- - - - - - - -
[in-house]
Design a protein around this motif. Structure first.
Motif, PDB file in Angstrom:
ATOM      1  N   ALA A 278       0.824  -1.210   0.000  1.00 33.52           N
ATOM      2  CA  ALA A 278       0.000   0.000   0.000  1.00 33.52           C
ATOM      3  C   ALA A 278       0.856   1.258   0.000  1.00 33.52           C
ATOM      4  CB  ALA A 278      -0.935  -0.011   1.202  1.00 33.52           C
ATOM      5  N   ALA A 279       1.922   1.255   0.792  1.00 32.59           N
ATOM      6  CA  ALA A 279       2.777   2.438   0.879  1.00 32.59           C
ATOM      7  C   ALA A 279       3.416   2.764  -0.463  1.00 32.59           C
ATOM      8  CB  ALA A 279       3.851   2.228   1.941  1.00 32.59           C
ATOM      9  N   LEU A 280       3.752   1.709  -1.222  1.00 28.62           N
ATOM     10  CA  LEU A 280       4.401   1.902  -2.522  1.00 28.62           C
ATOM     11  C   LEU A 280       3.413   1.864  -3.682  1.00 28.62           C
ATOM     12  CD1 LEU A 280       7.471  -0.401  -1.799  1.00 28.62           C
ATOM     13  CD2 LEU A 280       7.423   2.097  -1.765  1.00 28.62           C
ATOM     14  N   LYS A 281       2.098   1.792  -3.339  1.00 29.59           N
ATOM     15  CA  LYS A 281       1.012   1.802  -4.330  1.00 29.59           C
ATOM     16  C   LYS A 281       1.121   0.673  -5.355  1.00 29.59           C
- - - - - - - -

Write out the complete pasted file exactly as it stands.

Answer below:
[in-house]
Design a protein around this motif. Structure first.
Motif, PDB file in Angstrom:
ATOM      1  N   ALA A 278       0.824  -1.210   0.000  1.00 33.52           N
ATOM      2  CA  ALA A 278       0.000   0.000   0.000  1.00 33.52           C
ATOM      3  C   ALA A 278       0.856   1.258   0.000  1.00 33.52           C
ATOM      4  CB  ALA A 278      -0.935  -0.011   1.202  1.00 33.52           C
ATOM      5  N   ALA A 279       1.922   1.255   0.792  1.00 32.59           N
ATOM      6  CA  ALA A 279       2.777   2.438   0.879  1.00 32.59           C
ATOM      7  C   ALA A 279       3.416   2.764  -0.463  1.00 32.59           C
ATOM      8  CB  ALA A 279       3.851   2.228   1.941  1.00 32.59           C
ATOM      9  N   LEU A 280       3.752   1.709  -1.222  1.00 28.62           N
ATOM     10  CA  LEU A 280       4.401   1.902  -2.522  1.00 28.62           C
ATOM     11  C   LEU A 280       3.413   1.864  -3.682  1.00 28.62           C
ATOM     12  CD1 LEU A 280       7.471  -0.401  -1.799  1.00 28.62           C
ATOM     13  CD2 LEU A 280       7.423   2.097  -1.765  1.00 28.62           C
ATOM     14  N   LYS A 281       2.098   1.792  -3.339  1.00 29.59           N
ATOM     15  CA  LYS A 281       1.012   1.802  -4.330  1.00 29.59           C
ATOM     16  C   LYS A 281       1.121   0.673  -5.355  1.00 29.59           C